It’s even crazier in the land of bonds….. So far this year, $911 billion in bonds were issued, also a Dealogic record. Emerging-market bond issuance hit $802 billion, a notch below their all-time record last year…”(“The Day The Bubble Became Official, And Everyone Was Happy”, Testosterone Pit)

Everything is bubbly. Everything. Which is what happens when you pump $3 trillion into financial assets. (The Fed’s balance sheet has exploded to nearly $4 trillion mainly due to QE.)

And did you catch that part about investors dumping $51 billion into companies that ARE LOSING MONEY.  Chew on that for a minute. This is just like the dot.com craze when rates were so low that speculators loaded up on everything they could get their hands on. It didn’t matter what you bought, because the loose-goosy monetary policy and uber-leverage kept driving stocks higher by the day. Then–without notice– Greenspan  pulled the rug out from under the markets by raising rates which sent equities into the shi**er.   Remember that? And now we’re seeing the same thing all over again. It’s like Back to the Future 2.

But Yellen sees none of it, in fact, she wants to keep the money flowing for as long as possible,  until the bubble is so humongous that the slightest pin-prick puts the financial system into a death spiral and the real economy slumps back into recession.

It’s madness. Just like it’s madness for the committee to even consider a candidate with Yellen’s dodgy resume. Do we really want someone running the Fed who argued “against” deflating the housing bubble because she thought it would only be “a good-sized bump in the road, but that the economy would be able to absorb the shock”?

How’s that for poor judgment? By my estimate, that “bump in the road”  amounted to more than $8 trillion in home equity losses, 5 million foreclosures, 14 million jobs,  and a thoroughly decimated US economy.  That was a bad call on Yellen’s part, and in a sane world it would have disqualified her from contention. But we don’t live in a sane world. We live in a world where failing upwards is a reality and where the best jobs go to the apple-polishers who nose their way to the front of the line by doing what they’re told and keeping their mouths shut.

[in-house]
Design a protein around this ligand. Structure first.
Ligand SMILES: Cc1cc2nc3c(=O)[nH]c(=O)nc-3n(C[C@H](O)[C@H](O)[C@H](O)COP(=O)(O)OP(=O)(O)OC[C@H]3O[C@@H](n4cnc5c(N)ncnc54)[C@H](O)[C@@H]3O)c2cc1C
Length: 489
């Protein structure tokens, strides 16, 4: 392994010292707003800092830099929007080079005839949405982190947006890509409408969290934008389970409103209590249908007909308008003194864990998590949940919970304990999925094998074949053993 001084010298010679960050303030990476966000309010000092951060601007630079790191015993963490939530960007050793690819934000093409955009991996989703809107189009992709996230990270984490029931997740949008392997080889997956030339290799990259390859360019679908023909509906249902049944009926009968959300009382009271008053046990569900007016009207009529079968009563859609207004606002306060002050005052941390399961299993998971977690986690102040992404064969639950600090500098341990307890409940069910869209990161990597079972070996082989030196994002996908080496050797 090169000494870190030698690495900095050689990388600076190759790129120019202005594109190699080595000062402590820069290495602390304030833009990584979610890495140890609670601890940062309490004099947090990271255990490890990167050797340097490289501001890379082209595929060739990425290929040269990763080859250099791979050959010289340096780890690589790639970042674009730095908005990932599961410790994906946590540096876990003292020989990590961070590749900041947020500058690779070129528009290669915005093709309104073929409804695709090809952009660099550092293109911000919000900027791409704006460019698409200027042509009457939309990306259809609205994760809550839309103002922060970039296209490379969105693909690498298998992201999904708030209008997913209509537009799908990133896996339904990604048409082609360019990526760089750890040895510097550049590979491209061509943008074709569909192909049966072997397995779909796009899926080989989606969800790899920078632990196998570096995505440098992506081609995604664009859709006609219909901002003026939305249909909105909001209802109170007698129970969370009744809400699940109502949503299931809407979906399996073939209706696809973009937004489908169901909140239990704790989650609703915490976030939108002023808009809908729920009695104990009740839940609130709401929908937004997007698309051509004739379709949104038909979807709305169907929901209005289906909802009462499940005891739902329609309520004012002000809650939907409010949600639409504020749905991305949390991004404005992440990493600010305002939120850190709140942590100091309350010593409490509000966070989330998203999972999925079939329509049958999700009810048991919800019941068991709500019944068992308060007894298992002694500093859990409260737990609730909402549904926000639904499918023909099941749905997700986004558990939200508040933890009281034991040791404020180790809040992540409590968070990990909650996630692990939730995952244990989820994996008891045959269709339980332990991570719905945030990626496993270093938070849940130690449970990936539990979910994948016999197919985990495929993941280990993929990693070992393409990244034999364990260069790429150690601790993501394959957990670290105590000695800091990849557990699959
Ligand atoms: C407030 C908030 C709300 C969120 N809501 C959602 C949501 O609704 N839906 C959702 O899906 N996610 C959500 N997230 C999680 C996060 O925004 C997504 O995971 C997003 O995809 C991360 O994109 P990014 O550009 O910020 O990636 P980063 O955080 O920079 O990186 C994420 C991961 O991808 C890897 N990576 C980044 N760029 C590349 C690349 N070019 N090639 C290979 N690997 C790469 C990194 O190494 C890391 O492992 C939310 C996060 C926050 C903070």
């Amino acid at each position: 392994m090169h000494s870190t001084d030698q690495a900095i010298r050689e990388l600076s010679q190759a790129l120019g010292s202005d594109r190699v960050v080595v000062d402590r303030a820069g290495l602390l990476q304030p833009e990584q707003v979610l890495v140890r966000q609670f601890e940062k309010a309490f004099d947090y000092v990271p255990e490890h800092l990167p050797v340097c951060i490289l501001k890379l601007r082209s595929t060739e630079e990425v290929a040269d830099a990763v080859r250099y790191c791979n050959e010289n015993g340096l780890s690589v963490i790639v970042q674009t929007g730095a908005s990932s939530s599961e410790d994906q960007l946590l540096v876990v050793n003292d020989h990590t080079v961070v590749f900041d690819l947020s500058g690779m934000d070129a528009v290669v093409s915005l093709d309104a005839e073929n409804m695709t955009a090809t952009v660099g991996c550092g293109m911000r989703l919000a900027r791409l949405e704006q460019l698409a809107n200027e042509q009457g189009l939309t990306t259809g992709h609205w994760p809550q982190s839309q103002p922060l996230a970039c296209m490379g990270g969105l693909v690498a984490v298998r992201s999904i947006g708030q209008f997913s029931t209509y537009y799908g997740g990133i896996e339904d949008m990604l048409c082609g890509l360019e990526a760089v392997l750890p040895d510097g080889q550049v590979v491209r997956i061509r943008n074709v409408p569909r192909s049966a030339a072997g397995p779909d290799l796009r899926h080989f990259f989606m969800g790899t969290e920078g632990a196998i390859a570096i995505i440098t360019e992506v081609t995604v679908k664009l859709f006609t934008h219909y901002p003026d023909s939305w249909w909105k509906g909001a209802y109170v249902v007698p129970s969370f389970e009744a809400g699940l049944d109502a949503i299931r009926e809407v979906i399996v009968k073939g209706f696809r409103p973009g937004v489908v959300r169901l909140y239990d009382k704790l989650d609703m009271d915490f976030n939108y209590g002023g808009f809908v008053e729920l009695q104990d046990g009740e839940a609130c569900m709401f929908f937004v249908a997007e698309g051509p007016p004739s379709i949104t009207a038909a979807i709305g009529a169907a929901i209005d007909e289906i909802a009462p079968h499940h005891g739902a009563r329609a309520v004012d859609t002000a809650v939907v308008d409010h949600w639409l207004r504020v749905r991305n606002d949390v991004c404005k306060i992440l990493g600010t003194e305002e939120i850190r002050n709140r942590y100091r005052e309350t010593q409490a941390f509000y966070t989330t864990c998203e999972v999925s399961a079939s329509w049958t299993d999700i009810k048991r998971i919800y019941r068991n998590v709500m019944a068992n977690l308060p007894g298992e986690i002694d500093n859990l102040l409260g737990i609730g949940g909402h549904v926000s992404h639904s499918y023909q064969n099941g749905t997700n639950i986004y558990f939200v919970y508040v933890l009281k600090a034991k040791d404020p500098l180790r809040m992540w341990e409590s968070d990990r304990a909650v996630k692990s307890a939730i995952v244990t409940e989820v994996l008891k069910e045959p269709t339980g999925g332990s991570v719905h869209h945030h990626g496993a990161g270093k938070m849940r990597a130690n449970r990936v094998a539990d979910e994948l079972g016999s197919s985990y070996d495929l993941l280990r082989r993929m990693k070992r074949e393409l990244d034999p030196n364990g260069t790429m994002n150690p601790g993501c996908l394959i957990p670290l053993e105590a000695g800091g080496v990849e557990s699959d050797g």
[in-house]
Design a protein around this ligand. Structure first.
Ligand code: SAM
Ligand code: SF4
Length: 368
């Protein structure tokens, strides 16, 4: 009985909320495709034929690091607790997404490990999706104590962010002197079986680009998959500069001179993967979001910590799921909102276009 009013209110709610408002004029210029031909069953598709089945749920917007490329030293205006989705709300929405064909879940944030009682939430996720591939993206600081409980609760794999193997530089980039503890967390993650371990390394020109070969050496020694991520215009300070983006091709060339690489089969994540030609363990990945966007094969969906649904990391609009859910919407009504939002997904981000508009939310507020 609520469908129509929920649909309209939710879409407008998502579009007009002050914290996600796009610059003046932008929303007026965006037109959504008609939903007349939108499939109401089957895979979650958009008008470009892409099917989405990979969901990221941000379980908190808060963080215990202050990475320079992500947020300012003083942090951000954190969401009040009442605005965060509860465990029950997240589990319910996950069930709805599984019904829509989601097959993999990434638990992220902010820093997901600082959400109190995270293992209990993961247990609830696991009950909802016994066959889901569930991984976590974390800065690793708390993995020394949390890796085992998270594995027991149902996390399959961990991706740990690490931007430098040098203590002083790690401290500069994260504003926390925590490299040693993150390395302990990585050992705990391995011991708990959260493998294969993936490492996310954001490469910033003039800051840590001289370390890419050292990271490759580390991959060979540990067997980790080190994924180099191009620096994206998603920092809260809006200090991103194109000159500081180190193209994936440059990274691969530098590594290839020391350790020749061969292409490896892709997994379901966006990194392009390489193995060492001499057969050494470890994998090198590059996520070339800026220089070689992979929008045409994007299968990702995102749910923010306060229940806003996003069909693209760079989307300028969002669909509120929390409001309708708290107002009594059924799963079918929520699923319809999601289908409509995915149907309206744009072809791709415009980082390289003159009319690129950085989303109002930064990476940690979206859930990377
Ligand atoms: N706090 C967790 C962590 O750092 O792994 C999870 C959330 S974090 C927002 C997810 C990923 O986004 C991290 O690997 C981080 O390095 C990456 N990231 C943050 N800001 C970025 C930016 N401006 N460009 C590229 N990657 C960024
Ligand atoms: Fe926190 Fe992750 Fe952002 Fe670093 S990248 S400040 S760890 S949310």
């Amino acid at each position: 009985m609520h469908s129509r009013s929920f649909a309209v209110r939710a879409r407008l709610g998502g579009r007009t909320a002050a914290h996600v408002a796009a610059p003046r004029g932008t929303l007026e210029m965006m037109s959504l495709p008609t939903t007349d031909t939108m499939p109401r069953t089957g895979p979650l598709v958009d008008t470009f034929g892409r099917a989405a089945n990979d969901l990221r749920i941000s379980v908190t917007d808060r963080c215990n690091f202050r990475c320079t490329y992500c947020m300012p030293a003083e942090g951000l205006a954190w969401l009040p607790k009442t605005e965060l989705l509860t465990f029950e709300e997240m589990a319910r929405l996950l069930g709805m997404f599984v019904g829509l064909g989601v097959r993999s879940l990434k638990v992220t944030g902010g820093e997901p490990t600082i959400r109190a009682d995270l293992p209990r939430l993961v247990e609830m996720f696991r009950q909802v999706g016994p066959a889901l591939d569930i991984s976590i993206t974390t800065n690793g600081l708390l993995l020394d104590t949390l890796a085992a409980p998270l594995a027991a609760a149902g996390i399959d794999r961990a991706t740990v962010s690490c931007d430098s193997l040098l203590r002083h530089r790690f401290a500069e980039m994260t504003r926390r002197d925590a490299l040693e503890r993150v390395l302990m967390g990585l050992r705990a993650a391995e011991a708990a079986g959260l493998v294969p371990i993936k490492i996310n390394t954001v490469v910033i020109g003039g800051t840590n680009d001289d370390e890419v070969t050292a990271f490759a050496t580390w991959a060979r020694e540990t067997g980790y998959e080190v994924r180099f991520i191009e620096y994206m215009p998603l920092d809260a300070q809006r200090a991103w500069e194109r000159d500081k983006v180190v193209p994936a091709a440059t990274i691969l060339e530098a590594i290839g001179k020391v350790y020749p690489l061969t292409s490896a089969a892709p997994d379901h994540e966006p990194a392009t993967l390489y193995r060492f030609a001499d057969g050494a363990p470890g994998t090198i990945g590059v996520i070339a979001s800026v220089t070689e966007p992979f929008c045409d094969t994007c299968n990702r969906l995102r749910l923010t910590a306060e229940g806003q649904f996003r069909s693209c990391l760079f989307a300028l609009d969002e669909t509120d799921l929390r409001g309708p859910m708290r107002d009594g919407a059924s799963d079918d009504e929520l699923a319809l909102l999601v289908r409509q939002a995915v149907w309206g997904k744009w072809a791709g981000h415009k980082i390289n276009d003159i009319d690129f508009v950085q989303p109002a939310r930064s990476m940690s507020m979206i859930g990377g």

And that’s why “punch bowl” Janet is going to get the Chairman’s Suite in the Eccles Building. Because she knows how the game is played.

MIKE WHITNEY lives in Washington state. He is a contributor to Hopeless: Barack Obama and the Politics of Illusion (AK Press). Hopeless is also available in a Kindle edition. He can be reached at fergiewhitney@msn.com.

MIKE WHITNEY lives in Washington state. He is a contributor to Hopeless: Barack Obama and the Politics of Illusion (AK Press). Hopeless is also available in a Kindle edition. He can be reached at fergiewhitney@msn.com.

More articles by:
Weekend Edition
July 22, 2016
Friday - Sunday
Jeffrey St. Clair
Good as Goldman: Hillary and Wall Street
Joseph E. Lowndes
From Silent Majority to White-Hot Rage: Observations from Cleveland
Paul Street
Political Correctness: Handle with Care
Conn Hallinan
The Big Boom: Nukes And NATO
Ron Jacobs
Exacerbate the Split in the Ruling Class
Richard Moser
Actions Express Priorities: 40 Years of Failed Lesser Evil Voting
Eric Draitser
Hillary and Tim Kaine: a Match Made on Wall Street
Jill Stein
After US Airstrikes Kill 73 in Syria, It’s Time to End Military Assaults that Breed Terrorism
Jack Rasmus
Trump, Trade and Working Class Discontent
John Feffer
Could a Military Coup Happen Here?
Jeffrey St. Clair
Late Night, Wine-Soaked Thoughts on Trump’s Jeremiad
Andrew Levine
Vice Presidents: What Are They Good For?
Michael Lukas
Law, Order, and the Disciplining of Black Bodies at the Republican National Convention
Margaret Kimberley
Gavin Long’s Last Words
Mark Weisbrot
Confidence and the Degradation of Brazil
Brian Cloughley
Boris Johnson: Britain’s Lying Buffoon
Lawrence Reichard
A Global Crossroad
Kevin Schwartz
Beyond 28 Pages: Saudi Arabia and the West
Charles Pierson
The Courage of Kalyn Chapman James
Michael Brenner
Terrorism Redux
Bruce Lerro
Being Inconvenienced While Minding My Own Business: Liberals and the Social Contract Theory of Violence
Mark Dunbar
The Politics of Jeremy Corbyn
David Swanson
Top 10 Reasons Why It’s Just Fine for U.S. to Blow Up Children
Binoy Kampmark
Laura Ingraham and Trumpism
Uri Avnery
The Great Rift
Nicholas Buccola
What’s the Matter with What Ted Said?
Aidan O'Brien
Thank Allah for Western Democracy, Despondency and Defeat
Joseph Natoli
The Politics of Crazy and Stupid
Sher Ali Khan
Empirocracy
Nauman Sadiq
A House Divided: Turkey’s Failed Coup Plot
Franklin Lamb
A Roadmap for Lebanon to Grant Civil Rights for Palestinian Refugees in Lebanon
Colin Todhunter
Power and the Bomb: Conducting International Relations with the Threat of Mass Murder
Michael Barker
UK Labour’s Rightwing Select Corporate Lobbyist to Oppose Jeremy Corbyn
Graham Peebles
Brexit, Trump and Lots of Anger
Anhvinh Doanvo
Civilian Deaths, Iraq, Syria, ISIS and Drones
Christopher Brauchli
Kansas and the Phantom Voters
Peter Lee
Gavin Long’s Manifesto and the Politics of “Terrorism”
Missy Comley Beattie
An Alarmingly Ignorant Fuck
Robert Koehler
Volatile America
Adam Vogal
Why Black Lives Matter To Me
Raouf Halaby
It Is Not Plagiarism, Y’all
Rivera Sun
Nonviolent History: South Africa’s Port Elizabeth Boycott
Rev. Jeff Hood
Deliver Us From Babel
Frances Madeson
Juvenile Life Without Parole, Captured in ‘Natural Life’
Charles R. Larson
Review: Han Kang’s “The Vegetarian”
FacebookTwitterGoogle+RedditEmail